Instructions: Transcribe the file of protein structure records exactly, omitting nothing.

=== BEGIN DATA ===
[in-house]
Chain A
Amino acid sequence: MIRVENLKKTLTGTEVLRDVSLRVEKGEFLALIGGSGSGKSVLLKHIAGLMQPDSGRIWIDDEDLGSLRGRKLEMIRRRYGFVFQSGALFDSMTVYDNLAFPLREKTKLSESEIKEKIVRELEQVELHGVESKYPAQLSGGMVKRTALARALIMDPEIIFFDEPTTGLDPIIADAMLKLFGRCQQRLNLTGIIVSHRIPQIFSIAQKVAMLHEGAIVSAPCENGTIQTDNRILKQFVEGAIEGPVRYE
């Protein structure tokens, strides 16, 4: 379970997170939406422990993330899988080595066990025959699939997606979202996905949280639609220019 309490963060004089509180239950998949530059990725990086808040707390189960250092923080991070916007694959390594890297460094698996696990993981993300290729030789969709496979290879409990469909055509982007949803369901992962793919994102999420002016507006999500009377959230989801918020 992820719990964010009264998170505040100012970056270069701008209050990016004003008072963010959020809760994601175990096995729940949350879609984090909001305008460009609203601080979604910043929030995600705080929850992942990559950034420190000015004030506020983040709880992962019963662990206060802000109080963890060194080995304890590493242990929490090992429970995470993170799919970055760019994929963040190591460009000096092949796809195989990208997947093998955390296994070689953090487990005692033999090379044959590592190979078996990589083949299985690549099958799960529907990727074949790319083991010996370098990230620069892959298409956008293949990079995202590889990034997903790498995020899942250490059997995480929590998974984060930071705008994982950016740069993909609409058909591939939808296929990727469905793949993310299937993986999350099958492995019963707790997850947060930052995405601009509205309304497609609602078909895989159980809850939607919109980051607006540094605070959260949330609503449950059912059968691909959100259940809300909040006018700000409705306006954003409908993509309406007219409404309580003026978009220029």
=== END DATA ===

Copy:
[in-house]
Chain A
Amino acid sequence: MIRVENLKKTLTGTEVLRDVSLRVEKGEFLALIGGSGSGKSVLLKHIAGLMQPDSGRIWIDDEDLGSLRGRKLEMIRRRYGFVFQSGALFDSMTVYDNLAFPLREKTKLSESEIKEKIVRELEQVELHGVESKYPAQLSGGMVKRTALARALIMDPEIIFFDEPTTGLDPIIADAMLKLFGRCQQRLNLTGIIVSHRIPQIFSIAQKVAMLHEGAIVSAPCENGTIQTDNRILKQFVEGAIEGPVRYE
């Protein structure tokens, strides 16, 4: 379970997170939406422990993330899988080595066990025959699939997606979202996905949280639609220019 309490963060004089509180239950998949530059990725990086808040707390189960250092923080991070916007694959390594890297460094698996696990993981993300290729030789969709496979290879409990469909055509982007949803369901992962793919994102999420002016507006999500009377959230989801918020 992820719990964010009264998170505040100012970056270069701008209050990016004003008072963010959020809760994601175990096995729940949350879609984090909001305008460009609203601080979604910043929030995600705080929850992942990559950034420190000015004030506020983040709880992962019963662990206060802000109080963890060194080995304890590493242990929490090992429970995470993170799919970055760019994929963040190591460009000096092949796809195989990208997947093998955390296994070689953090487990005692033999090379044959590592190979078996990589083949299985690549099958799960529907990727074949790319083991010996370098990230620069892959298409956008293949990079995202590889990034997903790498995020899942250490059997995480929590998974984060930071705008994982950016740069993909609409058909591939939808296929990727469905793949993310299937993986999350099958492995019963707790997850947060930052995405601009509205309304497609609602078909895989159980809850939607919109980051607006540094605070959260949330609503449950059912059968691909959100259940809300909040006018700000409705306006954003409908993509309406007219409404309580003026978009220029």